New WRU chief executive Abi Tierney with Nigel Walker, left, and Richard Collier-Keywood
New WRU chief executive Abi Tierney with Nigel Walker, left, and Richard Collier-Keywood

MSs have scrutinised representatives of the WRU following allegations of bullying, sexism and sexual harassment in Welsh rugby.

Delyth Jewell, who chairs the Senedd’s culture committee, raised concerns about repeated warnings of a looming crisis being missed.

Nigel Walker, the WRU’s executive director of rugby, recognised that the union failed to join the dots between individual incidents.

He told the committee: “I think some of our policies and processes were not fit for purpose….

“When you have a television programme which lays bare the ills of an organisation, all in 30 minutes, you’d be rather foolish not to take heed.”

Llyr Gruffydd, the Plaid Cymru MS for North Wales, asked the witnesses to characterise the atmosphere among staff working at the WRU today.

Abi Tierney, who has only been in post as chief executive for 13 days, told MSs that staff are optimistic that the review will allow the WRU to draw a line under the scandal.

South Wales East MS Delyth Jewell speaking in the Senedd
South Wales East MS Delyth Jewell


“There is a real sense of hope and looking forward,” she said. “But that is balanced with a real sense of tiredness – they went through a lot last year.”

Ms Tierney said she has been impressed by people’s commitment, passion, sense of purpose and a real determination to turn it around.

Tom Giffard, for the Conservatives, asked about the relationship with the Welsh Government.

Conservative MS Tom Giffard
Conservative MS Tom Giffard

Richard Collier-Keywood, who was appointed as chair six months ago, said the WRU met Dawn Bowden, the deputy minister for sport, last week.

Pressed about an £18m Covid recovery loan, he said the WRU is in talks with Welsh ministers and NatWest about renegotiating the terms.

He explained that the initial total interest rate was 2.75% but it has since risen to 8.5%, warning that it is having a severe impact on the regions.

Mr Collier-Keywood said the Welsh Government loan takes £2m a year – including £1m of interest – out of the regions every year.

Asked whether the number of regions could reduce if no breathing space is forthcoming, he told MSs that the WRU will have to move to an as-yet-undefined plan B.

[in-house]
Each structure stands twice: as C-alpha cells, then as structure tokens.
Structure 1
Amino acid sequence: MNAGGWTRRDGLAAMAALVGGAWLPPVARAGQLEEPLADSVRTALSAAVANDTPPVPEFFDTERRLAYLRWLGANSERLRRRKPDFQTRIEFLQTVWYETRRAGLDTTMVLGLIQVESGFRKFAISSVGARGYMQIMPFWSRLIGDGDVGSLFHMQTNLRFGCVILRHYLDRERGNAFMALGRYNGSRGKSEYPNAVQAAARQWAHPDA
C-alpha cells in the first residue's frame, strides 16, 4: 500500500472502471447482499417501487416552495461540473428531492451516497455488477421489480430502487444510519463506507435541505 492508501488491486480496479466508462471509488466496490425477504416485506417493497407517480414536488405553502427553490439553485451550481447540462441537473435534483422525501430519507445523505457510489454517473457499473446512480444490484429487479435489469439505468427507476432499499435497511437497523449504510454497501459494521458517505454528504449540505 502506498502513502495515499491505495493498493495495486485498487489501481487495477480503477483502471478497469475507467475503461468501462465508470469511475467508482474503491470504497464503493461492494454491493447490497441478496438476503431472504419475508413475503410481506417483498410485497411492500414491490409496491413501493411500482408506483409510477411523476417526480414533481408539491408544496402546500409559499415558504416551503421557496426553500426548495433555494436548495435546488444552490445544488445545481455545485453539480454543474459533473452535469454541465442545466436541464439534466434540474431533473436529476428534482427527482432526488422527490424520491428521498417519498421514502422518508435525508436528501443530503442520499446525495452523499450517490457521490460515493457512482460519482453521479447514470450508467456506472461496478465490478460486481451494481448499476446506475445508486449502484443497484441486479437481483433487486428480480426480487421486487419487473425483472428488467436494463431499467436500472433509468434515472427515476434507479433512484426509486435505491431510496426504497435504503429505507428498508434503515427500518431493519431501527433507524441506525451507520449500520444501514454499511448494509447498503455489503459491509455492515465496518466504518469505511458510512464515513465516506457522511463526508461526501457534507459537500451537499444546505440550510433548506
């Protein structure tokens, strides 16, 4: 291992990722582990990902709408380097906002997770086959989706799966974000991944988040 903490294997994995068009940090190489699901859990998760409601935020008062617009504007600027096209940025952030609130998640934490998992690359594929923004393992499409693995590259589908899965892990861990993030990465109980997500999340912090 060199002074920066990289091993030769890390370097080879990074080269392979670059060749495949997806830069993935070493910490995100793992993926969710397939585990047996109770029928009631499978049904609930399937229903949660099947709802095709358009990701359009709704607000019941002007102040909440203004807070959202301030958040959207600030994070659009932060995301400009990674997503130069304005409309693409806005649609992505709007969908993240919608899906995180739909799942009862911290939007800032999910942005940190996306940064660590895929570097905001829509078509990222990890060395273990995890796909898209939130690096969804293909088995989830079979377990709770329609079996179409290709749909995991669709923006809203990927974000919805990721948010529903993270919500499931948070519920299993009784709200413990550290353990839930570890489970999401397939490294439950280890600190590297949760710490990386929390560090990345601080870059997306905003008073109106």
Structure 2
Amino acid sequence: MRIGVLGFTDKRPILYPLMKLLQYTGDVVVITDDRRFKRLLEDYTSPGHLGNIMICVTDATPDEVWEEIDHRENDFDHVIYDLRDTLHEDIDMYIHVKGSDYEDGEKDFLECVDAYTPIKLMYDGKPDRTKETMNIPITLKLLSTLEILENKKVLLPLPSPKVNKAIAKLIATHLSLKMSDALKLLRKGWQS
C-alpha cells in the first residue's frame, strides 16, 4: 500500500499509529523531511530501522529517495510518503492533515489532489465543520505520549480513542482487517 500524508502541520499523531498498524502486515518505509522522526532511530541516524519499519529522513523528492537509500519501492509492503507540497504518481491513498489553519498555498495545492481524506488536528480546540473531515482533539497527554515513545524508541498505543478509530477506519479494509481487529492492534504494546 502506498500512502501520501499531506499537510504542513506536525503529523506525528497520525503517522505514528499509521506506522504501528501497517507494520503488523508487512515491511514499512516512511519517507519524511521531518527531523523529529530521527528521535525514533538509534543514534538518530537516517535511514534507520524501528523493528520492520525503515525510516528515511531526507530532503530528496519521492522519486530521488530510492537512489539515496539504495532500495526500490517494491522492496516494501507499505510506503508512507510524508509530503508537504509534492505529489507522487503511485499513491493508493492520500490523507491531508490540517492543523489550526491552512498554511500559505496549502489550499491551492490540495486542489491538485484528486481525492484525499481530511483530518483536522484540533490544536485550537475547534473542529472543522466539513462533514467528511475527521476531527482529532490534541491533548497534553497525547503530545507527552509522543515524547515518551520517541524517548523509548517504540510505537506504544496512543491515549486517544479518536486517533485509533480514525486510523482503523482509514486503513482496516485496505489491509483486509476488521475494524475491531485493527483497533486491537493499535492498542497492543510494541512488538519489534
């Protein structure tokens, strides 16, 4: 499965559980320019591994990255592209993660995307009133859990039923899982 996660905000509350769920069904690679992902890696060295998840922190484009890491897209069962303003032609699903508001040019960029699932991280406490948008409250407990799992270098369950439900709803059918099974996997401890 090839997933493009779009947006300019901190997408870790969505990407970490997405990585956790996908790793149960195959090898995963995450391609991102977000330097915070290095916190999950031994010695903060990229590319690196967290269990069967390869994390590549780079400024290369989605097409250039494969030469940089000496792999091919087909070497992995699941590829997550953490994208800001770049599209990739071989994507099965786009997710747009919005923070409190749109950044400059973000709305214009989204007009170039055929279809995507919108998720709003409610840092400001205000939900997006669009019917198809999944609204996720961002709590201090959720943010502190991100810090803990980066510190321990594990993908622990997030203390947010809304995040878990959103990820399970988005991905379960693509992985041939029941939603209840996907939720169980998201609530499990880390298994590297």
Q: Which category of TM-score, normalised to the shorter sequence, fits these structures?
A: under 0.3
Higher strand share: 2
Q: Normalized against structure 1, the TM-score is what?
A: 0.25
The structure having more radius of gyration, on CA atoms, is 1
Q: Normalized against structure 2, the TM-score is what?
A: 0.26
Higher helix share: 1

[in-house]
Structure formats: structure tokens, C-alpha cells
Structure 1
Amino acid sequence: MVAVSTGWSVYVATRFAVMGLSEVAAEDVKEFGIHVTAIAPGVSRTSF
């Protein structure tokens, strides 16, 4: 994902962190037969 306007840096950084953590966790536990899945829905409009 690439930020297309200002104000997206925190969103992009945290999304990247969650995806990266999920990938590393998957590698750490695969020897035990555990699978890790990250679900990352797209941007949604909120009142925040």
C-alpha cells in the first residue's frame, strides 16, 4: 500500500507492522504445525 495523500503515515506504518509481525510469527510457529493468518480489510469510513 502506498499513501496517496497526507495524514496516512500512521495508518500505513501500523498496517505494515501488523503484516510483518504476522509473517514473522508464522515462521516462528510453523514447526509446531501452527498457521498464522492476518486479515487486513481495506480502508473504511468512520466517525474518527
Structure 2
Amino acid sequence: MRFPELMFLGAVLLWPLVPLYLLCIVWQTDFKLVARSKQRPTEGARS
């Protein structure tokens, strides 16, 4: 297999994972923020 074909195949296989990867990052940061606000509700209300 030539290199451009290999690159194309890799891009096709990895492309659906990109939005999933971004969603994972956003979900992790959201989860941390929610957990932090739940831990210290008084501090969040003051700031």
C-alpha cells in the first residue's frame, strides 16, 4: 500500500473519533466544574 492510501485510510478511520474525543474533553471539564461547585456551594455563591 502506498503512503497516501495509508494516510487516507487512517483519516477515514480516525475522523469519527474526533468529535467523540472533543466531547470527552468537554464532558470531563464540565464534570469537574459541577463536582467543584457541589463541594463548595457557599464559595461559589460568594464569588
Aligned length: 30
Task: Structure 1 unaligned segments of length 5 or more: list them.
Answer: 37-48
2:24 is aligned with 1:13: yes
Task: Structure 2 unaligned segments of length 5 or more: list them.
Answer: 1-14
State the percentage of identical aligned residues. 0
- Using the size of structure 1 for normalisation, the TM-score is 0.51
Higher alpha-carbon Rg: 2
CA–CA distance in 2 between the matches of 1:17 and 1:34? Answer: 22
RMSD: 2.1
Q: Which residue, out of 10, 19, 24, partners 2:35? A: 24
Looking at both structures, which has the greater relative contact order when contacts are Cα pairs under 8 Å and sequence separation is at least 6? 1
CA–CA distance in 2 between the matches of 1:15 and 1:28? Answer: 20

He said moving to fewer regions would not be a magic bullet as they would inherit the debt.


Carolyn Thomas, the Labour MS for North Wales, asked which of the independent review’s 36 recommendations have been implemented so far.

Labour MS Carolyn Thomas
Labour MS Carolyn Thomas

Mr Collier-Keywood told the meeting on Wednesday January 24 that the WRU has a new 12-strong board committed to culture change.

He highlighted the appointment of Dame Anne Rafferty as chair of an oversight group after she led the independent review.

Mr Collier-Keywood also raised the importance of appointing Jamie Roberts and Amanda Bennett, two former Wales internationals, to the board.

Mr Collier-Keywood said the new governance arrangements will be reviewed in 2025 and the WRU will report on progress against the recommendations every quarter.

He told MSs that most of the recommendations will be met by the end of the calendar year.

Pressed by Hefin David about changes in the women’s game, Mr Walker said more than 30 professional contracts have been issued to the senior team for the first time.

Caerphilly Senedd Member Hefin David speaking in the Senedd
Caerphilly’s Labour Senedd Member Hefin David

The former track and field athlete told the Labour MS for Caerphilly that there is little difference between the investment in the girls’ and boys’ junior game.

However, he recognised a disparity in higher age groups and a gulf in the senior game, saying the WRU is committed to closing those gaps over the longer term.


Labour’s Mike Hedges, who represents Swansea East, asked how community clubs will benefit from changes afoot at the WRU.

Mr Collier-Keywood said he attended Caerphilly vs Porthcawl on the weekend and he was struck by the dedication of a relatively small band of volunteers running the clubs.

He told the committee: “Ultimately – if we do our jobs correctly at the WRU, there will be more money flowing into community rugby … that is clearly one of our two main focuses.”

Mr Walker warned that rugby unions across the world are struggling to maintain the number of male players although the women’s game continues to grow.

“We have got to come up with a strategy which enables clubs to go from strength to strength,” said the former Wales wing. “If you ask me for the answer now, I couldn’t give it to you but we need to review every aspect of what we do.”